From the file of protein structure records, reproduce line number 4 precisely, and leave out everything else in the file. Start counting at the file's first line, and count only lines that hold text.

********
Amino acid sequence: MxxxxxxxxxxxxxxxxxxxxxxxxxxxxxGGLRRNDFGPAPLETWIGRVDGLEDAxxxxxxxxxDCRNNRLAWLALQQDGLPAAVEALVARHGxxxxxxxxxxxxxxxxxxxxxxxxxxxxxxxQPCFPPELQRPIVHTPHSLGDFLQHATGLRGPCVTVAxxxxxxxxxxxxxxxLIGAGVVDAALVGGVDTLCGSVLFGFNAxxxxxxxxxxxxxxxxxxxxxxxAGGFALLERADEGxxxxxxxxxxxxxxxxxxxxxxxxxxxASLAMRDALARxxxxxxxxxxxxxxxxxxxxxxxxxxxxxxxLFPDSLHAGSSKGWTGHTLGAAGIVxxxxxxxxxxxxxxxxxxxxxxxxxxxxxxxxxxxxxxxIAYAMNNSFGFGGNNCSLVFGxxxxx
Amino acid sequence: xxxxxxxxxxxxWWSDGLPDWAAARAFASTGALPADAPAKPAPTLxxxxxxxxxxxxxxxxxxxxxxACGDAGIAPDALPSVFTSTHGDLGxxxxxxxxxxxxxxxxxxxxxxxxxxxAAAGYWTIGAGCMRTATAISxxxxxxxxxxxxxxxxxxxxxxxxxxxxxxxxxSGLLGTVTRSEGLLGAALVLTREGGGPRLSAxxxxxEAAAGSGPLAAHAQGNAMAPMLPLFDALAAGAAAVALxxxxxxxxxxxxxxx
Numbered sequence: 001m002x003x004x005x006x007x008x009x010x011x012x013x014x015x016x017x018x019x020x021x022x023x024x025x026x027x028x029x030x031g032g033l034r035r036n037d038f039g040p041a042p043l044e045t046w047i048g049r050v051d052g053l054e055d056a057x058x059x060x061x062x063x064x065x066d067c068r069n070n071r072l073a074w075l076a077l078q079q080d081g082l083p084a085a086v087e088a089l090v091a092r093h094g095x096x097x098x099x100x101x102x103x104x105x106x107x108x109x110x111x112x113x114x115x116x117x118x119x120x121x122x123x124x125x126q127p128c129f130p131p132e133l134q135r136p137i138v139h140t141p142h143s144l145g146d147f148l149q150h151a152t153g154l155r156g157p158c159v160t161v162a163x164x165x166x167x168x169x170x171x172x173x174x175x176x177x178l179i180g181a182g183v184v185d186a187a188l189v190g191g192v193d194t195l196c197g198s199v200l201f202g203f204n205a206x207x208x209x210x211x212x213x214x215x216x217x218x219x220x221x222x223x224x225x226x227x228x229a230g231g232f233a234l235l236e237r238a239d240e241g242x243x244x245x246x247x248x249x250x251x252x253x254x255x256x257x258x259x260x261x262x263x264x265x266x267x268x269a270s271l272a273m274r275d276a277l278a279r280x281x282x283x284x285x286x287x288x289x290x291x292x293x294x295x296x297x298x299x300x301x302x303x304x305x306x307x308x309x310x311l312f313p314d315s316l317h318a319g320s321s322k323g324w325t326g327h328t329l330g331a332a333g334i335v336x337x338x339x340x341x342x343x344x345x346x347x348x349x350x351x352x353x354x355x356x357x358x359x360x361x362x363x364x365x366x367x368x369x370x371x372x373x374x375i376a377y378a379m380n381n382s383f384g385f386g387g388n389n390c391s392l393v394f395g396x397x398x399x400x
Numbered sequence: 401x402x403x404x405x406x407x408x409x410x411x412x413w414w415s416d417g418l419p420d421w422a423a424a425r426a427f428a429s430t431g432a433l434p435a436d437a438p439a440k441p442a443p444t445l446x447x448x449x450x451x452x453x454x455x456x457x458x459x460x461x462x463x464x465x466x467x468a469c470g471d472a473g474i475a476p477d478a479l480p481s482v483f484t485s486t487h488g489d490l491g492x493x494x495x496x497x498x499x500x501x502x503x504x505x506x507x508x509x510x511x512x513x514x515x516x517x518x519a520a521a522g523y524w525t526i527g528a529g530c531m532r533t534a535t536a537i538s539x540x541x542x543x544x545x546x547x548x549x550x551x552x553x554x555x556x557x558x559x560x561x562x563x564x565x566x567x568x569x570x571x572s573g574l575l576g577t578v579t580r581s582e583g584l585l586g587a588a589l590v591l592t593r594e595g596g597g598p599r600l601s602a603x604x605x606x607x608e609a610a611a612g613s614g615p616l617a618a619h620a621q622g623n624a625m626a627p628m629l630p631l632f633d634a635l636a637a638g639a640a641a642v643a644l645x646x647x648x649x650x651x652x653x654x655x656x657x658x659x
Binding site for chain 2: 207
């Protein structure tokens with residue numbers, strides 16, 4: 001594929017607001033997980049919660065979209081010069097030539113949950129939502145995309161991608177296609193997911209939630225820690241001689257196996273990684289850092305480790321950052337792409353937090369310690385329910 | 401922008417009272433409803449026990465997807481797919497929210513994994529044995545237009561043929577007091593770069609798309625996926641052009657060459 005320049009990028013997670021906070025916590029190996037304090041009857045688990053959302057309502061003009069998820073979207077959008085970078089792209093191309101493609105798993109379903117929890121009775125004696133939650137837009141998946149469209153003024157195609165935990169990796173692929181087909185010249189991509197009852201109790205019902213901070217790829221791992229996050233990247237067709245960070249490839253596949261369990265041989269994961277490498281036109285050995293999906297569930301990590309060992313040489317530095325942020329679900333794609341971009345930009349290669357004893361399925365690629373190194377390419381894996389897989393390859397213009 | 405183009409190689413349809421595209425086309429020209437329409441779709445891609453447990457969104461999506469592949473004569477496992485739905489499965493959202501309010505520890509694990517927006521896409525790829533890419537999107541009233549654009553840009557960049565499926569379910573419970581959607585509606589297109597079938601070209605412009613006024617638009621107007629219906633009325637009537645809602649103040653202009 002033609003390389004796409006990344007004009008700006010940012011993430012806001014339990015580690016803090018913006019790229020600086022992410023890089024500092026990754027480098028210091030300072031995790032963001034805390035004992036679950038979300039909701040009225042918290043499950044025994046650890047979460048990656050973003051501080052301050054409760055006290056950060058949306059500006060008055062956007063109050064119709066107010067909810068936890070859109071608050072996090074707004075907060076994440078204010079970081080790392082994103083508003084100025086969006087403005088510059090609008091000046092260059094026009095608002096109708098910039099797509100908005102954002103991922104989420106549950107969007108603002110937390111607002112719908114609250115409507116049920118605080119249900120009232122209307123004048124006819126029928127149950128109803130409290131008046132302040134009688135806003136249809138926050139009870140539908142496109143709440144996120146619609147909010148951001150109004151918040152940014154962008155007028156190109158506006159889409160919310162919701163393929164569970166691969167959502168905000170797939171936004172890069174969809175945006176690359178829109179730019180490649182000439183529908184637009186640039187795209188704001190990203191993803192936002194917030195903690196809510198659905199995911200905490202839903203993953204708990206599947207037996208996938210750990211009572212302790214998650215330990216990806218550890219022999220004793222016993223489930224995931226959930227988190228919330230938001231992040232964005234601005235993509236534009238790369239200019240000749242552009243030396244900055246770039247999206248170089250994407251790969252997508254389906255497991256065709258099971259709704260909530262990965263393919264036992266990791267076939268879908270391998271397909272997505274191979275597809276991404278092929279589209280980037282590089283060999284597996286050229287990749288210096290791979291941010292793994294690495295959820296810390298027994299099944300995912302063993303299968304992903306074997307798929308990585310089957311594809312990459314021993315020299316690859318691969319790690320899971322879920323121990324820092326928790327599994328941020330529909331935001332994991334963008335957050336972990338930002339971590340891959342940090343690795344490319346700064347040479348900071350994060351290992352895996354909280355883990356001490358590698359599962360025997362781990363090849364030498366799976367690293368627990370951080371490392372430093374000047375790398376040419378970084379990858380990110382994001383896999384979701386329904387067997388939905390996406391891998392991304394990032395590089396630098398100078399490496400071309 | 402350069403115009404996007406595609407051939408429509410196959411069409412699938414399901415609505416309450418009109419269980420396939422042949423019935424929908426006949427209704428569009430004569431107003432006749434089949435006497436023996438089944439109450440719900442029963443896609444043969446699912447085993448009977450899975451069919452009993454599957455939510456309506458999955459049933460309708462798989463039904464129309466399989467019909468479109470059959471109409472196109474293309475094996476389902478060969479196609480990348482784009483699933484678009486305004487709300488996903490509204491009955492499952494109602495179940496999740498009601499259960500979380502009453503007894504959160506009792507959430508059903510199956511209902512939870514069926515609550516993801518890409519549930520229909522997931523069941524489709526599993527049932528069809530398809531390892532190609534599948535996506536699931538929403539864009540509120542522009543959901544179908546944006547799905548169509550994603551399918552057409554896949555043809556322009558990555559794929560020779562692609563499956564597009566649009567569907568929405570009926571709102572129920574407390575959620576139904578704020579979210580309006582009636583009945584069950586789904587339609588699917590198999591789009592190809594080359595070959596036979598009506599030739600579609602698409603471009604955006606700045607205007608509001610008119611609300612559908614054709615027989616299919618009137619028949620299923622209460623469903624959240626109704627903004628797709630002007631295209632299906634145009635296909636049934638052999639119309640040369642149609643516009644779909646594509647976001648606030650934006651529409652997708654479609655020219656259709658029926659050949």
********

Numbered sequence: 401x402x403x404x405x406x407x408x409x410x411x412x413w414w415s416d417g418l419p420d421w422a423a424a425r426a427f428a429s430t431g432a433l434p435a436d437a438p439a440k441p442a443p444t445l446x447x448x449x450x451x452x453x454x455x456x457x458x459x460x461x462x463x464x465x466x467x468a469c470g471d472a473g474i475a476p477d478a479l480p481s482v483f484t485s486t487h488g489d490l491g492x493x494x495x496x497x498x499x500x501x502x503x504x505x506x507x508x509x510x511x512x513x514x515x516x517x518x519a520a521a522g523y524w525t526i527g528a529g530c531m532r533t534a535t536a537i538s539x540x541x542x543x544x545x546x547x548x549x550x551x552x553x554x555x556x557x558x559x560x561x562x563x564x565x566x567x568x569x570x571x572s573g574l575l576g577t578v579t580r581s582e583g584l585l586g587a588a589l590v591l592t593r594e595g596g597g598p599r600l601s602a603x604x605x606x607x608e609a610a611a612g613s614g615p616l617a618a619h620a621q622g623n624a625m626a627p628m629l630p631l632f633d634a635l636a637a638g639a640a641a642v643a644l645x646x647x648x649x650x651x652x653x654x655x656x657x658x659x